I lived without it for a while, rotating between a couple of Hahnemühles, but apart from the Kraft paper sketchbook, none of the others was that great with ink, which happens to be my favorite drawing technique.
I also bought a Clairefontaine Goldline sketchbook with 140 gsm pages (which scored as the most versatile one in my sketchbooks comparison), but it felt too precious for note-taking and doodling, so I don’t carry it with me. I find it important to be able to draw or write anything when I’m on the go, and carrying several sketchbooks to cover all my needs is burdensome. I prefer having one all-purpose sketchbook to take with me every day, and then switch it up with a good watercolor pad when I go to the beach. When I’m at home, I pick a sketchbook based on the tools I want to use so I may choose one of the fancy ones.
Last week I finally got my hands on another Canson Art Book Universal at the local store, and breaking it in with the first sketch was like coming home. I know us stationery nerds sound weird when we praise a stack of paper, but if art is near and dear to your heart than you can surely understand.
I’m taking it wherever I go, and I don’t think too much before I put down a stroke or write down an idea for a project. Most of all I’m enjoying drawing with brush pens and fountain pens because this paper shows them in the best light.
(Speaking of fountain pens, I have a blog post on sketching with fountain pens too.)
Other sketchbooks may have thicker paper that’s better for elaborate drawings, but they’re less useful for my chaotic approach. While I wouldn’t call this sketchbook cheap, I find it a good value because it has 112 sheets (224 pages) so it lasts much longer than most sketchbooks of comparable price. I use both sides of the paper and even heavy strokes of ink barely show through.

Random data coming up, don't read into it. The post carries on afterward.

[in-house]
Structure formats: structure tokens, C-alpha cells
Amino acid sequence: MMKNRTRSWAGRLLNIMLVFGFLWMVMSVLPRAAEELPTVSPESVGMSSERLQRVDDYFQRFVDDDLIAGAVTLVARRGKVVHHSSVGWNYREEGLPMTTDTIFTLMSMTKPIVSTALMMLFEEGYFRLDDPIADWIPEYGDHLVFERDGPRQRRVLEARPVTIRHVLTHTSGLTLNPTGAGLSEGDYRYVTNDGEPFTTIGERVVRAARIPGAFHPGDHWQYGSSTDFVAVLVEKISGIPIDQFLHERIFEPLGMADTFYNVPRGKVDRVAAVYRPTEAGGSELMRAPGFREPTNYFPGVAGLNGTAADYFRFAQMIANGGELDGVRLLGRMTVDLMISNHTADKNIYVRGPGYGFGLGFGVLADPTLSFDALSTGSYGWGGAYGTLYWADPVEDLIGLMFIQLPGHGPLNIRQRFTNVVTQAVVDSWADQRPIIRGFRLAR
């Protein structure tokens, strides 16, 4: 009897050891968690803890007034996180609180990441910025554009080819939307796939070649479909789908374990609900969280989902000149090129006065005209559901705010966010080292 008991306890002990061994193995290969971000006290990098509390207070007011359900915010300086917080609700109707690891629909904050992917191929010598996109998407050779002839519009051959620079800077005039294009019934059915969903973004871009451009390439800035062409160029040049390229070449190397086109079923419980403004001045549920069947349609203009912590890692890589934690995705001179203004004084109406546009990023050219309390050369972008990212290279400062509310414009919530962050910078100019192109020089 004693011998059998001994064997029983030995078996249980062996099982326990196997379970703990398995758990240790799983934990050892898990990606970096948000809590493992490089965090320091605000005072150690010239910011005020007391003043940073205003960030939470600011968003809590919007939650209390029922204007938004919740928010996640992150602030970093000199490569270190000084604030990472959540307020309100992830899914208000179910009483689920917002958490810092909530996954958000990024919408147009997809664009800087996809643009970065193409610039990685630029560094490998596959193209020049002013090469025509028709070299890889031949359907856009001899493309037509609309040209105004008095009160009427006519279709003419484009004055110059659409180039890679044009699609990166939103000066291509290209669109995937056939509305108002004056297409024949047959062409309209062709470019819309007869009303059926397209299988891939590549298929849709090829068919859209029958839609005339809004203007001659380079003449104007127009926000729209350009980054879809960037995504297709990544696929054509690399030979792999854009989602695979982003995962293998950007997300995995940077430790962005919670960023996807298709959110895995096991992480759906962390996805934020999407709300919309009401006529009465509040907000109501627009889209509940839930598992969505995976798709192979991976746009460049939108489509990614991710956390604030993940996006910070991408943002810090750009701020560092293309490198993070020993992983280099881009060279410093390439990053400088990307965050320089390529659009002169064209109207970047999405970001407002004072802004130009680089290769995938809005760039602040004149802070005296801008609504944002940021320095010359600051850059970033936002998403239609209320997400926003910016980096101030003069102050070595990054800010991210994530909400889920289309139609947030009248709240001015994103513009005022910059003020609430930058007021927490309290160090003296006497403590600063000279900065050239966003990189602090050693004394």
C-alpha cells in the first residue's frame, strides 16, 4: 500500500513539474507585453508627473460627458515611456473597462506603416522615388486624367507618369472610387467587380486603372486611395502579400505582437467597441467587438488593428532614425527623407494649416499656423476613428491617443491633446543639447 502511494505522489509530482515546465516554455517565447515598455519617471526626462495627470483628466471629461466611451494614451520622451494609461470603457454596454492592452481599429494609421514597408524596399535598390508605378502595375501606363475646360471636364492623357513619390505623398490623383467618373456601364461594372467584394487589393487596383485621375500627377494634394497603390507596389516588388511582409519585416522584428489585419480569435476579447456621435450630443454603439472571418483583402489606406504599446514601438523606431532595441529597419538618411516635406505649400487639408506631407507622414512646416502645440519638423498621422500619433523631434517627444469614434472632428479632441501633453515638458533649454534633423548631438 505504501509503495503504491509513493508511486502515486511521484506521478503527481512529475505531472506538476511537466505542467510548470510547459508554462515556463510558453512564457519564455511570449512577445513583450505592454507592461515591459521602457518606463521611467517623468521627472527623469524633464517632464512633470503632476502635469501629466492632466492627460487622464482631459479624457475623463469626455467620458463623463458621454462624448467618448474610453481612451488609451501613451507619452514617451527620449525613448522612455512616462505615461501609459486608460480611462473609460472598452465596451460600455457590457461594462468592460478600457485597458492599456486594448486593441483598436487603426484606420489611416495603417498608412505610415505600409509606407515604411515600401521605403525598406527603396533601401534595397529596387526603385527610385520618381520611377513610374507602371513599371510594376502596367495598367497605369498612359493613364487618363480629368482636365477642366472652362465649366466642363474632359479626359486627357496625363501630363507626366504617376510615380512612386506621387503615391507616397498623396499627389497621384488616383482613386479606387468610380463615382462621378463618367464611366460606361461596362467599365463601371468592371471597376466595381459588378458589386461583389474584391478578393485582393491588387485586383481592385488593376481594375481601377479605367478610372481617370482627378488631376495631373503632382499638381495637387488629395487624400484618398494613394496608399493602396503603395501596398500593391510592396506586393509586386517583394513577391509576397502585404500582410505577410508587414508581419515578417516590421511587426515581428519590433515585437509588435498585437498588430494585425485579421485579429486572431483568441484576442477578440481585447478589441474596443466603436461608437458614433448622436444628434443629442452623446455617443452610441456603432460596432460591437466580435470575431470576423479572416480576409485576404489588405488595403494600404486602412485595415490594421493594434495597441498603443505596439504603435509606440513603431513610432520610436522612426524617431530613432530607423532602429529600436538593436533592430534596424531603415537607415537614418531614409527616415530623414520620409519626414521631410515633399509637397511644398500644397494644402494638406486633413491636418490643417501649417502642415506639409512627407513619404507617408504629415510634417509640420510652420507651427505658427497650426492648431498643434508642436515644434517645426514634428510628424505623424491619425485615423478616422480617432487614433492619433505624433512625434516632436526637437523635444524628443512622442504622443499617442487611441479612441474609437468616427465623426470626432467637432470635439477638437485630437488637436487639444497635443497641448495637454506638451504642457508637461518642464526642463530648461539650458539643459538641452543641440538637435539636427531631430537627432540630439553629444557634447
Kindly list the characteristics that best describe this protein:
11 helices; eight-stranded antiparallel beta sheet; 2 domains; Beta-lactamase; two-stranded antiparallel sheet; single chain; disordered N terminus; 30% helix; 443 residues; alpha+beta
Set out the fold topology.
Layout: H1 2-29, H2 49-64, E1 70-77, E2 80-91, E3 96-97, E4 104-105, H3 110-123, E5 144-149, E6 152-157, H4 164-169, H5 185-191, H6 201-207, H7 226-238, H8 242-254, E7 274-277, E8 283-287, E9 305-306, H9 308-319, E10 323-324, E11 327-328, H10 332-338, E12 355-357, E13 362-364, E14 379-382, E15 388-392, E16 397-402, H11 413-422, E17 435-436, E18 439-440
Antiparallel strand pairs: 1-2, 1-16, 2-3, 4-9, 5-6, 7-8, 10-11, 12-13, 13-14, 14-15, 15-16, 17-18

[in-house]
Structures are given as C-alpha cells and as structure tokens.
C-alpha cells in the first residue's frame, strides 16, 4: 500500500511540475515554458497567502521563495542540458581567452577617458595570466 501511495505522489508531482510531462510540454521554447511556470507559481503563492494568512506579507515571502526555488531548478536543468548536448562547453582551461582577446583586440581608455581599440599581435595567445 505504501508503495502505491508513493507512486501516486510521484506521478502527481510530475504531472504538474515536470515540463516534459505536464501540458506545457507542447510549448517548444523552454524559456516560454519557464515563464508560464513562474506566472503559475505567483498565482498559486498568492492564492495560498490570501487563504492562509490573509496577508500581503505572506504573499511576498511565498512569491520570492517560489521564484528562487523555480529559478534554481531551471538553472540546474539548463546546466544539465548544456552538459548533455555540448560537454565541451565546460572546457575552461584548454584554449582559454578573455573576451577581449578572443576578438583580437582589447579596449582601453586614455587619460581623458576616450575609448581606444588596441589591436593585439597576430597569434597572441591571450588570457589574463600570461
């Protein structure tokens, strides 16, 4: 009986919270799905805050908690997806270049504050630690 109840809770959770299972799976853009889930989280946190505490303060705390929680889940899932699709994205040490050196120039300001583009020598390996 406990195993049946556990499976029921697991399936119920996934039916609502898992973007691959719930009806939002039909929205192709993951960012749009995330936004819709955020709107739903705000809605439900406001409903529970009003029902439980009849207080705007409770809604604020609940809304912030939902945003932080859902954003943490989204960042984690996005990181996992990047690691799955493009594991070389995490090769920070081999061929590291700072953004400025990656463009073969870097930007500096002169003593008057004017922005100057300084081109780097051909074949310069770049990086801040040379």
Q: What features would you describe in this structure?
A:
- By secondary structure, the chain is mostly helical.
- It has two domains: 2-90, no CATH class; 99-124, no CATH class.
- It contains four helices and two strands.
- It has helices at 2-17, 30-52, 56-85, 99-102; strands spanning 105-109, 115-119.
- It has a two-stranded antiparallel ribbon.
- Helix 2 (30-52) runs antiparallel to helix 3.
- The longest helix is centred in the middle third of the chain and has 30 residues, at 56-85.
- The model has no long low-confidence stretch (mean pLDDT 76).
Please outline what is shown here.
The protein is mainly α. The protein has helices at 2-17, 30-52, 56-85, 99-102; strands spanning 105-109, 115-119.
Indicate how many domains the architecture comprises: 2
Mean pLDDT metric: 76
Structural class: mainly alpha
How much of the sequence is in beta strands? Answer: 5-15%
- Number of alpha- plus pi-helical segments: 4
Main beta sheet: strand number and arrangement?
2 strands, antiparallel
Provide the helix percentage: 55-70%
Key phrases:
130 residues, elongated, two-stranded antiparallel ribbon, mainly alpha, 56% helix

(There is some slight shading visible when scanning the page, ie. the white areas of the drawing may be darkened a bit from the drawing on the opposite side of the paper. But there’s an easy fix I learned from Jessica Hische: put a black sheet of paper under the page you’re scanning.)
Leafing through the pages of my old Canson sketchbooks, I can see what was on my mind at the time, and there’s a sense of continuity that most of my other sketchbooks are missing.
I enjoy experimenting with different kinds of paper and matching up different techniques with the paper that suits it the best, but at the end of day, I’ll always come back to my rugged Universal Art Book.
Do you have a favorite sketchbook?
What makes it especially convenient for your approach to sketching and note-taking?
If you want to read more of my thoughts on sketchbooks, here are a couple of other posts I recommend:
- 5 types of travel sketching kits I use: watercolor, minimal, study kit & more
- Why I Think Every Visual Creative Should Keep A Sketchbook (+ Video sketchbook flip)
- What’s in my sketching toolkit?
- My 6 favorite mixed media art journal & sketchbook techniques
- Using Art Journaling To Beat Perfectionism
- How to take great sketchbook photos
- Are you saving your “nice” notebooks for later? Learn why you should stop it.